Whoa... Hello everybody. How's the brand spanking New Year treating you so far? Good? Pants? Somewhere in-between? Mine, so far has been pretty nuts. Lots of y'know, stuff going on. I have also managed to spend plenty of time at the cinema this month. I'm forging my own groove in my own seat, Homer Simpson stylee. It's all good.
American Girls Say; 'Be tearily happy!'
I've been doing loads of thinking and there have been plenty of things I have noticed. One such thing may be of interest to you guys. It concerns the whole divide of our respective cultures, something I have been known to mention on numerous occasions before and something I still cannot quite fathom. There is no major revelation here, on any thought provoking conclusion, it is simply an observation that has been intriguing and puzzling me. The focus is on two movies that were released over the 'holiday' period. Both movies were given comparative release dates on each side of the Atlantic. Both were aimed at the holiday market. But there does seem to be a distinct divide in the opinion of both and that is reflected in ticket sales.
The two movies are P.S. I LOVE YOU and THE GOLDEN COMPASS. The Butler/Swank weepie is pulling in tons of cash at the box office on your end of the planet. And it is plainly obvious
that you crazy boys and girls generally love it. Have you read the Matchflick reviews? Most are gushing, even Zara succumbs to waxing lyrical over the sentimental value of it, and I don't need to tell you how profound that is. Over here, the main vein of feeling is that it's sickening rubbishy drivel. Seriously. Friends and colleagues have expressed an almost pure hatred of this flick. One such associate described it as 'The sort of thing that could inspire me to top myself'. Crikey.
British Bloke Replies; 'No! Be serious and moody!'
On the other hand, over here, where the weather is wetter, windier and don't-you-dare-tell-me-otherwise, colder, we have been almost rapturous in our devotion to THE GOLDEN COMPASS. The merchandising has been everywhere. After work pub talk has revolved around in-depth subjects such as; what would your Daemon be? What is this whole religion thing about anyway? And, have you read the others? We love it. Back over to you, and the critics were mostly indifferent, Cinema sales mediocre and the opinion that it was produced to fill the void left by POTTER and NARNIA is popular.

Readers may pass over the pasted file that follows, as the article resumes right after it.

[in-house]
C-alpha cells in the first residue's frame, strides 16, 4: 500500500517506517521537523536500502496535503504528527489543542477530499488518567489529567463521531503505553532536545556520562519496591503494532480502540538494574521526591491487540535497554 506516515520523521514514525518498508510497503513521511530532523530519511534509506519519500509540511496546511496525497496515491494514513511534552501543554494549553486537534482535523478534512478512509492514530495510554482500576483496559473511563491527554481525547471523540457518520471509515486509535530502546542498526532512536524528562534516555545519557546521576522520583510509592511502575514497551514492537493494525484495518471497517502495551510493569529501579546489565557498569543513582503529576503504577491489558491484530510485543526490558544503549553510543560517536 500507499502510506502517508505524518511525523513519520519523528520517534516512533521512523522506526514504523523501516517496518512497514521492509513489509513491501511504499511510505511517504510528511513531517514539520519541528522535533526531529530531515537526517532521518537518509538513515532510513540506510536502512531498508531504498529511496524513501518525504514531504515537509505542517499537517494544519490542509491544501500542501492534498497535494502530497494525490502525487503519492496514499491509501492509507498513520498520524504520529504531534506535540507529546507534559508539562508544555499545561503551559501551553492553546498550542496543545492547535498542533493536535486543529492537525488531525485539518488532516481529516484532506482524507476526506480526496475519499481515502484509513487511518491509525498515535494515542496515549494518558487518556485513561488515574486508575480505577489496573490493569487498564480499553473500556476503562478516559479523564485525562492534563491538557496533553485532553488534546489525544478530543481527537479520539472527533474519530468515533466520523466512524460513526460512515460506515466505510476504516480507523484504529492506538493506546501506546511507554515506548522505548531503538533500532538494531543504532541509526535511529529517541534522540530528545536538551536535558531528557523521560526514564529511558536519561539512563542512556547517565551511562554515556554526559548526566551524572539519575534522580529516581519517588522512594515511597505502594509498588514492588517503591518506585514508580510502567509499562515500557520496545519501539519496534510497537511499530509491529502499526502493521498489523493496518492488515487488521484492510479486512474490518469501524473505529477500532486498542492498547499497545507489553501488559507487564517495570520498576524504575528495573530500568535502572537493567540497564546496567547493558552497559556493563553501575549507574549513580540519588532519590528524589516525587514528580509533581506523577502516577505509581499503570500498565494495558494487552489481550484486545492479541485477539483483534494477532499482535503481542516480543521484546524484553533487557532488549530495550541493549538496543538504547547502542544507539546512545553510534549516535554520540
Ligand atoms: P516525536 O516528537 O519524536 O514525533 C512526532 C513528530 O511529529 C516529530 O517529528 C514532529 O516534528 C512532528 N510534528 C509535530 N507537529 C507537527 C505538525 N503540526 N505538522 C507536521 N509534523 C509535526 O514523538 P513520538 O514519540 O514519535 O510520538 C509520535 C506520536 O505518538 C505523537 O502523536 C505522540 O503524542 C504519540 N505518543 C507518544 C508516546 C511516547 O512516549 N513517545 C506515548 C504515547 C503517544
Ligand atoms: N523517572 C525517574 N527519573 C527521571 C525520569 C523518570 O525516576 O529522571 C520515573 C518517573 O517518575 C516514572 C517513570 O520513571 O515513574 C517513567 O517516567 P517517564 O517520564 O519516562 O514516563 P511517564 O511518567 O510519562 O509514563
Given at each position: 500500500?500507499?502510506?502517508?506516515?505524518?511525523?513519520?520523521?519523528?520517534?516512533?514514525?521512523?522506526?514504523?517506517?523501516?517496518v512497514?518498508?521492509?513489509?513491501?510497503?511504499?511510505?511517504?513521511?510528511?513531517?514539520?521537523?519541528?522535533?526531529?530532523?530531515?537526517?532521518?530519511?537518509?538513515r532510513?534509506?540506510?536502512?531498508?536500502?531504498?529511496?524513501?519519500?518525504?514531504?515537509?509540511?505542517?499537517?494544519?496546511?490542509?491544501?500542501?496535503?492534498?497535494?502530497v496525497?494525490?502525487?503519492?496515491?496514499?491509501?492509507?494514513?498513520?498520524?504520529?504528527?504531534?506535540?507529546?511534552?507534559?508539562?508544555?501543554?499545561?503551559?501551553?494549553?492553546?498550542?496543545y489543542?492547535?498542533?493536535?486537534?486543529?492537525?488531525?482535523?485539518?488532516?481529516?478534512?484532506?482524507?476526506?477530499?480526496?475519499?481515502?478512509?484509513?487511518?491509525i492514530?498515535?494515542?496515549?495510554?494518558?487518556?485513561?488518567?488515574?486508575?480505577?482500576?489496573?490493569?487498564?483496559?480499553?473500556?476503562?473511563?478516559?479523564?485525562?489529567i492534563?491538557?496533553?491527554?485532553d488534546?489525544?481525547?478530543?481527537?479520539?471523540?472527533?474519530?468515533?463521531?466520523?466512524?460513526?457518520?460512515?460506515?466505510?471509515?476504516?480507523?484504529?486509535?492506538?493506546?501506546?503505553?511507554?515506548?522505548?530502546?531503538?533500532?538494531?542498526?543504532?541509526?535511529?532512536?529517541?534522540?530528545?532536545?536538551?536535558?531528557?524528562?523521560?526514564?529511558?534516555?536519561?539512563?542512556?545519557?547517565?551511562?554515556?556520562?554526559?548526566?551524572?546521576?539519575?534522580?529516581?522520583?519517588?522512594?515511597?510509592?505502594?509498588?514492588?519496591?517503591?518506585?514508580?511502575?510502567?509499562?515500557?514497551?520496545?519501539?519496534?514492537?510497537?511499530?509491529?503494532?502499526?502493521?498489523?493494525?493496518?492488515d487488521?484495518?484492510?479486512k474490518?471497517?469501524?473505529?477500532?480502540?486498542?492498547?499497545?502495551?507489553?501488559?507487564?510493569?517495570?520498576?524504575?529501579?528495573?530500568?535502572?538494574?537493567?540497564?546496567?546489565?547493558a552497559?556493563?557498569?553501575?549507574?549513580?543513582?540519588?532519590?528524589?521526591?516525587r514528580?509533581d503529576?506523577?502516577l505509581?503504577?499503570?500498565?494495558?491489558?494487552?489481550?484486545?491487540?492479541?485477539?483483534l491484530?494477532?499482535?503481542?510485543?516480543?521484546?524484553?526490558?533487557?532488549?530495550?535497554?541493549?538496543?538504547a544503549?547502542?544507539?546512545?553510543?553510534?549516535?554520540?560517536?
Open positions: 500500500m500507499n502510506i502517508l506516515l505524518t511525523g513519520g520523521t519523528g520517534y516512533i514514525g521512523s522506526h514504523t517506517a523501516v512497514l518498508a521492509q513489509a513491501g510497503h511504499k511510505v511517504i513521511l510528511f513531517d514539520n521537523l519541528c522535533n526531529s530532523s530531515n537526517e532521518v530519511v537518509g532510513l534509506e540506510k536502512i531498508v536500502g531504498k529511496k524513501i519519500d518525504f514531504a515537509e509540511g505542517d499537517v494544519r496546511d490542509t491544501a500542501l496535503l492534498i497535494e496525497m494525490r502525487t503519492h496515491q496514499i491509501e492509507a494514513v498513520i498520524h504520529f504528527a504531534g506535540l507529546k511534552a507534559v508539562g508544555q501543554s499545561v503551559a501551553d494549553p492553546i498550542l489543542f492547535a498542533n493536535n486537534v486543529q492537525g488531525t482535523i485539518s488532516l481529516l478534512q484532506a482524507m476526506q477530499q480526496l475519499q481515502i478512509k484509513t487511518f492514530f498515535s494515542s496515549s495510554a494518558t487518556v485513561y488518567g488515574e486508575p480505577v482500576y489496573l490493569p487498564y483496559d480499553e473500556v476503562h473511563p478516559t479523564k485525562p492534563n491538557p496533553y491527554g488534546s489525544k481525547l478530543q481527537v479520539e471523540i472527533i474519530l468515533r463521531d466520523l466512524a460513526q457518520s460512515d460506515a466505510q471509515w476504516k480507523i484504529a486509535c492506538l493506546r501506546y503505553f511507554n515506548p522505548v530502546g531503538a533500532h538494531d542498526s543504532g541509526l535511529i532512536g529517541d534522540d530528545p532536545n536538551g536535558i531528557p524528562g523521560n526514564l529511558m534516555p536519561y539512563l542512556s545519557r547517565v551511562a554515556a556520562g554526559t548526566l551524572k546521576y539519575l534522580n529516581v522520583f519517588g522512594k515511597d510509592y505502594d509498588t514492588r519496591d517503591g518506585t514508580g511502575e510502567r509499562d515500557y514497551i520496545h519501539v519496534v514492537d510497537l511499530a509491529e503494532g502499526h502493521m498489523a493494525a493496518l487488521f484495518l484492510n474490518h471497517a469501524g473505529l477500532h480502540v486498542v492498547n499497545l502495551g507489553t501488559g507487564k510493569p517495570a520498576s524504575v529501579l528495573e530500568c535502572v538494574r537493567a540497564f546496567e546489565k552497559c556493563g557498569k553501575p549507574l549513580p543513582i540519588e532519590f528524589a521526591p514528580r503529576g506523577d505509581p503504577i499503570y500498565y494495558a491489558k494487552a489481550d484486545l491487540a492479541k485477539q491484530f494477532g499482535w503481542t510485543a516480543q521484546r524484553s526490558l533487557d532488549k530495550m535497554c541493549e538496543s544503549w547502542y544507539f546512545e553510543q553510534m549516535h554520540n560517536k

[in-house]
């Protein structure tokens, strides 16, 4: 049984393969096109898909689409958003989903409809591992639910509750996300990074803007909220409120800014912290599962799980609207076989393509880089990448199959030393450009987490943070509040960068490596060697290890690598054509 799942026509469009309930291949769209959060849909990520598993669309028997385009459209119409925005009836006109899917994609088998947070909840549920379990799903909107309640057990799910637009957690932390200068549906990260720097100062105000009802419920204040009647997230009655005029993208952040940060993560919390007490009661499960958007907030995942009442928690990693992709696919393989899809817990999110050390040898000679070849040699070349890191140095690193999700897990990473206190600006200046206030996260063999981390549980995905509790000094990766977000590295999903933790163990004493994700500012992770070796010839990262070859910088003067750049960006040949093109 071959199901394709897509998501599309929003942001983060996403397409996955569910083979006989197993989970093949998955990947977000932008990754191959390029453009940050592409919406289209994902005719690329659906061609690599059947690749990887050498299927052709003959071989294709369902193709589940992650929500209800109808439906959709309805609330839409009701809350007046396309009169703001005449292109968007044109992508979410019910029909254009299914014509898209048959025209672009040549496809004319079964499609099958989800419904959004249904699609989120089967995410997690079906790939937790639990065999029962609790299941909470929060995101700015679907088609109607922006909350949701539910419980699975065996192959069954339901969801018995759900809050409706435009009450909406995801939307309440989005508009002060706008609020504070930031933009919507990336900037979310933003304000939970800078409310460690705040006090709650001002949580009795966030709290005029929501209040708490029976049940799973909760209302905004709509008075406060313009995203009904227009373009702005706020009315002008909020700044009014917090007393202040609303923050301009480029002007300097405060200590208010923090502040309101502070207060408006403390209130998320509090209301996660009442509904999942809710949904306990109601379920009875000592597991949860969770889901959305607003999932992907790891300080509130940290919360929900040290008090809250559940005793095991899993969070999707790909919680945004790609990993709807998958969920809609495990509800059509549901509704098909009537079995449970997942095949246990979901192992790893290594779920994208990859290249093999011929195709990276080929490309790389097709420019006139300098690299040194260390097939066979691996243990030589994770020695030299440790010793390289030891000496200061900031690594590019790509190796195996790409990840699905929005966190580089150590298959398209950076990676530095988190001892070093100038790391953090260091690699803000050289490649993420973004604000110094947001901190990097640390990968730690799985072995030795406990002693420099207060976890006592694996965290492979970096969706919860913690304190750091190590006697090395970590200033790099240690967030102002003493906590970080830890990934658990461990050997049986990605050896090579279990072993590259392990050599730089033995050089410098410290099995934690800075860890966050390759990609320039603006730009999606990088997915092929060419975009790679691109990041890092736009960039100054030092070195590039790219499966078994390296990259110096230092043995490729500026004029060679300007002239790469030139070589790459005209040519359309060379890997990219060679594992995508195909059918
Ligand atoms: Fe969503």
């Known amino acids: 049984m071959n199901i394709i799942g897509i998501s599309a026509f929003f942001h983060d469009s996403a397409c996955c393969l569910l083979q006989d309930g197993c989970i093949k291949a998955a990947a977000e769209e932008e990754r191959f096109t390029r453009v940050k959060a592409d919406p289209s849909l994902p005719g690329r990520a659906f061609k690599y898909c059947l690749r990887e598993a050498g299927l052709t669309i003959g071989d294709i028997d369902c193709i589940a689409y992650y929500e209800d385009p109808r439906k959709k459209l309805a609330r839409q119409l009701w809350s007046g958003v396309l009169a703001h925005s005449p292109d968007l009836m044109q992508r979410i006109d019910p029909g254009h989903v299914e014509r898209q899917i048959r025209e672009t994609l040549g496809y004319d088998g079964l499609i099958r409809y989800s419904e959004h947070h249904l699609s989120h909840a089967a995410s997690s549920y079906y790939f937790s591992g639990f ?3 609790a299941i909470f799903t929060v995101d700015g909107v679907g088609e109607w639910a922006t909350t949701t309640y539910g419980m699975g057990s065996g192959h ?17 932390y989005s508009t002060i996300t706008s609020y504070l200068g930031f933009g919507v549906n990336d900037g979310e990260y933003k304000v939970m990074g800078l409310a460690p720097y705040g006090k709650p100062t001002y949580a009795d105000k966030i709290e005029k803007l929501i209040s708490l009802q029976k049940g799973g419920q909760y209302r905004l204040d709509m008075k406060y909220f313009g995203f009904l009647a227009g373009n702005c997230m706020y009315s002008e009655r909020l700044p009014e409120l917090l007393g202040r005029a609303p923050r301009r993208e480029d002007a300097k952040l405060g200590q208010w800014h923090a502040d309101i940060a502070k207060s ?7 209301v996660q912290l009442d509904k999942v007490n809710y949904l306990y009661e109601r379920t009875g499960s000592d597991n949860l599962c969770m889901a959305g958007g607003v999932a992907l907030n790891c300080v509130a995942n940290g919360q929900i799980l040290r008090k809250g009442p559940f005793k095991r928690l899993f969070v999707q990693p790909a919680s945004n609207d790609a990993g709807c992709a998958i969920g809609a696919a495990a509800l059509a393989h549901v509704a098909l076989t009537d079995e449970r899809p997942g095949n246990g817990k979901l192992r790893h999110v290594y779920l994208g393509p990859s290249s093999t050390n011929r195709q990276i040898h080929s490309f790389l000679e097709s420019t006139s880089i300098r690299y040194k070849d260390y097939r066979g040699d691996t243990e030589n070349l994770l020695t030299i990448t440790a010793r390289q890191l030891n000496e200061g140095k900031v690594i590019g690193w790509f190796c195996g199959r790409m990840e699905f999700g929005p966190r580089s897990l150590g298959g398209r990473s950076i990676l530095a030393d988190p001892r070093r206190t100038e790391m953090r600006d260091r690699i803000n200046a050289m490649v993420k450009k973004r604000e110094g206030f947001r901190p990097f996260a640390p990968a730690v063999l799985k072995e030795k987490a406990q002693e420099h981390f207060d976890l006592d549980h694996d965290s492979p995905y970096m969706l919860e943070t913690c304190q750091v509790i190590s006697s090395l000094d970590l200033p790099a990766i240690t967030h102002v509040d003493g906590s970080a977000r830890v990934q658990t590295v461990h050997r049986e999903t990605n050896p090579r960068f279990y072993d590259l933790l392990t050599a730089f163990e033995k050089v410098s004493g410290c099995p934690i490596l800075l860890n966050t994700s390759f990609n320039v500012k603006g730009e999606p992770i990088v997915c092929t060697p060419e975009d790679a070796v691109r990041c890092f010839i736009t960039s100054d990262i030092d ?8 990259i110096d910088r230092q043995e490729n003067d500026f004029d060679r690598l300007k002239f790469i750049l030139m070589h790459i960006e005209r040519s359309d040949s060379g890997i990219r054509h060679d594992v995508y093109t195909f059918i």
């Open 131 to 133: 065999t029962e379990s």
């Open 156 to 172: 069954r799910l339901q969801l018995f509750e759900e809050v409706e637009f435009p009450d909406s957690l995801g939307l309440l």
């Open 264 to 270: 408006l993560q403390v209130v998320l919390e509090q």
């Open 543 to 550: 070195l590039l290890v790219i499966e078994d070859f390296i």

I have been thinking as to why this is? Are we, the British true to the stereotype of misery and cynicism? Are you guys more in-tune with your emotional well-being? Could we ever bridge
the gap and find common ground? To be honest, and as previously stated, I have no idea. Personally I feel that both films were pretty good and very much in keeping with the spirit of the season.
A clue to your first homework assignment
Also, and slightly more poignantly, it is worth to note that both were book adaptations. Both were adaptations of big, best selling and insanely popular books. Some of my several trains of thought have been pondering this, indeed, reading back over my columns and reviews I tend to return to this issue. I even tried to summarise this in one of my earlier columns, as have other columnists. It appears I have an obsession. So, with that in mind I would like to announce that from two weeks from now my column will have a little more focus. I may as well explore what I have been skirting around again and again for almost a year now and with any luck enhance YOUR pleasure of watching movies at the same time. My lightly geeky love of film will be blended with my freakishly nerdy love of literature.
My mandate will be explained fully in my next column along with a slight visual makeover. I am very excited by this and I am excited for you guys too. So, please, I would like you to come back in two weeks time to check out Xavier's Book Club.
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|Xavier's Book Club|
Every other Saturday
Xavier analyses film, literary. A bizarre melding of books and movies.
Xavier lives in Scotland where it is very cold. He spends his time writing about live bands and people dreamt up in his bizarre imagination. Quite huggable .|
If you have a comment, question, or suggestion, you can send a message to Xavier Jones-Barlow by clicking here.|